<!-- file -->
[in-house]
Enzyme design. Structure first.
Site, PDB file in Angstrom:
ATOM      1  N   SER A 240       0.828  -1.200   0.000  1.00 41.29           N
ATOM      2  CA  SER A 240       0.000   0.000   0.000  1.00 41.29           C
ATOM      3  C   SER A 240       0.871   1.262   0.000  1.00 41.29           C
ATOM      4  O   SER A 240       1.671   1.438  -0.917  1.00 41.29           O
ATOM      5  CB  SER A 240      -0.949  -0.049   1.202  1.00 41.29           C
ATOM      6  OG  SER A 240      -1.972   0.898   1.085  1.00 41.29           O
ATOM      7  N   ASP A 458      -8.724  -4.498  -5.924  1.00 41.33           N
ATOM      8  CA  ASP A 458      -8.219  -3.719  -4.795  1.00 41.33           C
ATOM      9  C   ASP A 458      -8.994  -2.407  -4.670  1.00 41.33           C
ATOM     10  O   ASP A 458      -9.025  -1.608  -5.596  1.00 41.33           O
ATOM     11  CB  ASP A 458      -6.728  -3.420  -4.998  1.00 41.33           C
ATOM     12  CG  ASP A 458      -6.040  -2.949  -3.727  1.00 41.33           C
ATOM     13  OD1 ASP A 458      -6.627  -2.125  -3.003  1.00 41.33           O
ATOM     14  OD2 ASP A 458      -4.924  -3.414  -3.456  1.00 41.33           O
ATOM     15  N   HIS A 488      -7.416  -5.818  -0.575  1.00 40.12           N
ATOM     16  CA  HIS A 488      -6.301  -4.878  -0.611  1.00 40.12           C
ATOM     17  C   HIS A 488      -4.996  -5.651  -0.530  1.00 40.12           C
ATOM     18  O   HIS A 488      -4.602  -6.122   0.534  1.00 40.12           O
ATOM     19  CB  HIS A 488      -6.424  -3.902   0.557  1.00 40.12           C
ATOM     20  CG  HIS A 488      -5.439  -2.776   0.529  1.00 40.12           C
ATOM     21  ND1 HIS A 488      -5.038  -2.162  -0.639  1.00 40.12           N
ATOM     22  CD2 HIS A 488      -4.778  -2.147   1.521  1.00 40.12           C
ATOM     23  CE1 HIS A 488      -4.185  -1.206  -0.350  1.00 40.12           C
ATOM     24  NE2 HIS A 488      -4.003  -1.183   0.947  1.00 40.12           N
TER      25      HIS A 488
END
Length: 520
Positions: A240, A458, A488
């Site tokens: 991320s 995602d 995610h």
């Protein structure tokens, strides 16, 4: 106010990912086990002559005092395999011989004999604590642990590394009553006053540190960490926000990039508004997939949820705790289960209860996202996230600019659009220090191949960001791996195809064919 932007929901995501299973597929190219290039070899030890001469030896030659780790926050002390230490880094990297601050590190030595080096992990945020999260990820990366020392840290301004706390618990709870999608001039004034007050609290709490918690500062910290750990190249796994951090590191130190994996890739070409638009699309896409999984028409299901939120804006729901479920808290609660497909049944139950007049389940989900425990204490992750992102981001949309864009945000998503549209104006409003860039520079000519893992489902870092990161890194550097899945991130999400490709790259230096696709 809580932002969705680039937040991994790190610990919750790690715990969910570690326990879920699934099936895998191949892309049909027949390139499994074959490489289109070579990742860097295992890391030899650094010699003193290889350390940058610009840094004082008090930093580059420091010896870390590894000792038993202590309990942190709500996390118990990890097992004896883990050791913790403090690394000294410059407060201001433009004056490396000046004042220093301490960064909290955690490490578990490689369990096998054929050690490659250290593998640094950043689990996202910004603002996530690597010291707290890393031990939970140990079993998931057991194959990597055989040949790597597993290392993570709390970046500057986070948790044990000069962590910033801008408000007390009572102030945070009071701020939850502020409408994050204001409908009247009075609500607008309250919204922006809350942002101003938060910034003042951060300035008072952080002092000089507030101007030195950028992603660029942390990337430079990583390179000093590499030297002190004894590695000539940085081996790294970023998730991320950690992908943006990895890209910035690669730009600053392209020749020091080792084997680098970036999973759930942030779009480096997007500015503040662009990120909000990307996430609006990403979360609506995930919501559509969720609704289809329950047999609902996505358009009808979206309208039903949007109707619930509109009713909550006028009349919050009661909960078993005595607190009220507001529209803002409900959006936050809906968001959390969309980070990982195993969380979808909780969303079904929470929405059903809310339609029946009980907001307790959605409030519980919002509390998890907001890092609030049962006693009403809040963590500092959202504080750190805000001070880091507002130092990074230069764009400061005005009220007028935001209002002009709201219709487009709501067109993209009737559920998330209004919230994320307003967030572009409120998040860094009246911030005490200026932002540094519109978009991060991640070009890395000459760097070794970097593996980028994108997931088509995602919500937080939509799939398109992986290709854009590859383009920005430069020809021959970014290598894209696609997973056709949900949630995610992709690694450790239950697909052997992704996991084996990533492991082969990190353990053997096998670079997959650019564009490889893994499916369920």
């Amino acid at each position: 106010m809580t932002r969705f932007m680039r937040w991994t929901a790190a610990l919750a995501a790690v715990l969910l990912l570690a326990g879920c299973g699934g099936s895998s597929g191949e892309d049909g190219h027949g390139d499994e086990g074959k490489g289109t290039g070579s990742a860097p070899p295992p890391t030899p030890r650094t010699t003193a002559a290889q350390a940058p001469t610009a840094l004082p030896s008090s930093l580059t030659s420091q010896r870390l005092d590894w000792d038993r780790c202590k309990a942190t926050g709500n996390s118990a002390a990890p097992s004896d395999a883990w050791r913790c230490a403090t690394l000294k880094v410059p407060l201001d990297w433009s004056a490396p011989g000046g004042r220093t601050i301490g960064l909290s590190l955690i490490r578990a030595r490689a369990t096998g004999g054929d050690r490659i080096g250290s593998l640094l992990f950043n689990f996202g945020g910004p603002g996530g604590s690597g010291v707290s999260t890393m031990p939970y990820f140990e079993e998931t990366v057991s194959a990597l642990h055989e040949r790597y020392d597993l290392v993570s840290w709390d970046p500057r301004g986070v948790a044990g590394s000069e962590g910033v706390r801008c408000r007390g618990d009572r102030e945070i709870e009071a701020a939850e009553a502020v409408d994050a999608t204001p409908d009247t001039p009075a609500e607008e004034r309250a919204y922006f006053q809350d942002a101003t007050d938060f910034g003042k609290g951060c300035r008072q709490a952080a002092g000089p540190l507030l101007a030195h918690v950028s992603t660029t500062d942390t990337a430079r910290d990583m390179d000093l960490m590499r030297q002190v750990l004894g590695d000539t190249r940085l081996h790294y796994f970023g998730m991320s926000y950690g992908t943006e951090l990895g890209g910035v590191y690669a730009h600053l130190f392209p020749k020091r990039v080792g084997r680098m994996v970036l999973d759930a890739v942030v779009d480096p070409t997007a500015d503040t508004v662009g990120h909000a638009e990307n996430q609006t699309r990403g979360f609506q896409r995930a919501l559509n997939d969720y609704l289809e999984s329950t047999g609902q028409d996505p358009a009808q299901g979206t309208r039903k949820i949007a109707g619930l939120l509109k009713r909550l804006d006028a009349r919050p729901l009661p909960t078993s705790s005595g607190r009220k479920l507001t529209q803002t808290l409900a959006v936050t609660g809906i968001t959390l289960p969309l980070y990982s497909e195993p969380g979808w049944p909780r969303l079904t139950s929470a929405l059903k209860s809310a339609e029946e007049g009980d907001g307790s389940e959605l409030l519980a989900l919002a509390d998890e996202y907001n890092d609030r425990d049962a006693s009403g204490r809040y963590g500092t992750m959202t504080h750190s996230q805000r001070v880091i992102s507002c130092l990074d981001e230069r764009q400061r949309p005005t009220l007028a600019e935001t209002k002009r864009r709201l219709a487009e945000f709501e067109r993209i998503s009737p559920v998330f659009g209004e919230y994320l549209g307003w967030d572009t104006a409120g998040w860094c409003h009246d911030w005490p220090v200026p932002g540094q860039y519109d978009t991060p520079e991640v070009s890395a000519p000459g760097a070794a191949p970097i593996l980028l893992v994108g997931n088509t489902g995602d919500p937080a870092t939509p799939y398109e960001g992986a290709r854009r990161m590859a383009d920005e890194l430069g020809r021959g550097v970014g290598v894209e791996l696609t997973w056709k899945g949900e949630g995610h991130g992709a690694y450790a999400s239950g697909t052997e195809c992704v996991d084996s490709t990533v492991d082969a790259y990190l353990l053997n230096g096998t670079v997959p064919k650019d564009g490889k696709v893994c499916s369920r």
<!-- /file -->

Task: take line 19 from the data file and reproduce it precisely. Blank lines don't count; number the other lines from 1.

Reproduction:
ATOM     16  CA  HIS A 488      -6.301  -4.878  -0.611  1.00 40.12           C